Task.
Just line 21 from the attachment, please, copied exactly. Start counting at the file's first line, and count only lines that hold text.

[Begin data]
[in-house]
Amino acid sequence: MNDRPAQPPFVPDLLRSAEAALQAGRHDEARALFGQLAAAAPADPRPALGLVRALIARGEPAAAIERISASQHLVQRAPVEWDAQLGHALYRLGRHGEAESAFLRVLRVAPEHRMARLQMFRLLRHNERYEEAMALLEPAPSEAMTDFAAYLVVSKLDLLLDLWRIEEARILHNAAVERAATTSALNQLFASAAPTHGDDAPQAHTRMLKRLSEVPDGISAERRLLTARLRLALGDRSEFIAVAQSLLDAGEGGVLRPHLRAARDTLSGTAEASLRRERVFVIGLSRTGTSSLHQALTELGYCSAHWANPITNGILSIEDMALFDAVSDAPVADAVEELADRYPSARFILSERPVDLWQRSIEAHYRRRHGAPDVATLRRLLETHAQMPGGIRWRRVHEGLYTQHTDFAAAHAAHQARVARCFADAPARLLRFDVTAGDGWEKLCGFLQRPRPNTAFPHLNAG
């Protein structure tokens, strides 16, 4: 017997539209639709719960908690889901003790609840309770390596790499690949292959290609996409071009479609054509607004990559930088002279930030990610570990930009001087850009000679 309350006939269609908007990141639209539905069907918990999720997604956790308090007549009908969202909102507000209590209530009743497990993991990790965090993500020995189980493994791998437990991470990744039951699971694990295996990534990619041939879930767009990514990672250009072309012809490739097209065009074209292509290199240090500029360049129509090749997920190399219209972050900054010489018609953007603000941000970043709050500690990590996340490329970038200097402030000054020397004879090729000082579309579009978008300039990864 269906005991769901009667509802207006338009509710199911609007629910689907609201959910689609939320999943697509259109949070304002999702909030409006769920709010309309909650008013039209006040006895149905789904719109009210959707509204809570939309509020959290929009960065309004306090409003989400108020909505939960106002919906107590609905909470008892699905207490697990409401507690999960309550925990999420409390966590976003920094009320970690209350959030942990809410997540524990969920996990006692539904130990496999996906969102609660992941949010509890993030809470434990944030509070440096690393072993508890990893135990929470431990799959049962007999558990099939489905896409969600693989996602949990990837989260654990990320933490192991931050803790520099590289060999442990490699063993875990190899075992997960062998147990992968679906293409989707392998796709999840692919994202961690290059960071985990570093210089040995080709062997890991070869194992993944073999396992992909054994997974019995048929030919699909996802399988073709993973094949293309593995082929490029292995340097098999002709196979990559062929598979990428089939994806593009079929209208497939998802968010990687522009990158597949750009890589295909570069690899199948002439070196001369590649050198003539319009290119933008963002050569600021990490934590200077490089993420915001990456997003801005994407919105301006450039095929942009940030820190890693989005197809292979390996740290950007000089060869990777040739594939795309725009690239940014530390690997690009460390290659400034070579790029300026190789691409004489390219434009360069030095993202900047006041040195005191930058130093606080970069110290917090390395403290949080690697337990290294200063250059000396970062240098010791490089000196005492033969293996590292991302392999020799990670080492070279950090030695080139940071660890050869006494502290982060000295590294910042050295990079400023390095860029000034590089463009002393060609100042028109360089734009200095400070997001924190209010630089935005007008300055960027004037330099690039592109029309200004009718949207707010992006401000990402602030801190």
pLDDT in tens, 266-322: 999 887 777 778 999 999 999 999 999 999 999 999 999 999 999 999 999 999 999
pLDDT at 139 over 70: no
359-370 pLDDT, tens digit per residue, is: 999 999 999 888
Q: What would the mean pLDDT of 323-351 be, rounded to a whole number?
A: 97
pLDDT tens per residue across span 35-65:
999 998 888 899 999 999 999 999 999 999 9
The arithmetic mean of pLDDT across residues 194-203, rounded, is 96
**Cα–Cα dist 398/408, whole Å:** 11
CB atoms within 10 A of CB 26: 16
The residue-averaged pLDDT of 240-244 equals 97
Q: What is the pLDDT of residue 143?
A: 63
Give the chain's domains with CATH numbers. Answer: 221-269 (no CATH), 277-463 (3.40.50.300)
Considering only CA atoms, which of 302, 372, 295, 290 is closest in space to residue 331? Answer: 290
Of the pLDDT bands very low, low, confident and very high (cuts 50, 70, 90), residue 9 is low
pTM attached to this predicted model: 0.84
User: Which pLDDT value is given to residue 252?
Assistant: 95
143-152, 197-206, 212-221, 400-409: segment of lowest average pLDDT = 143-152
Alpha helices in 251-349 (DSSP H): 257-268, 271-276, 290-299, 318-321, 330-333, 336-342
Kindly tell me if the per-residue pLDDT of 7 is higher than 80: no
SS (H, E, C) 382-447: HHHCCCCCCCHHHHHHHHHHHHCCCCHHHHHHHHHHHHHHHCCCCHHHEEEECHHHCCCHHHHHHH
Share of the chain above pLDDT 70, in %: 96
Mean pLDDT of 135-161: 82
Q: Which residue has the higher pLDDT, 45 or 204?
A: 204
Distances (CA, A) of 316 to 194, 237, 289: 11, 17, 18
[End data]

User: Which pLDDT value is given to residue 252?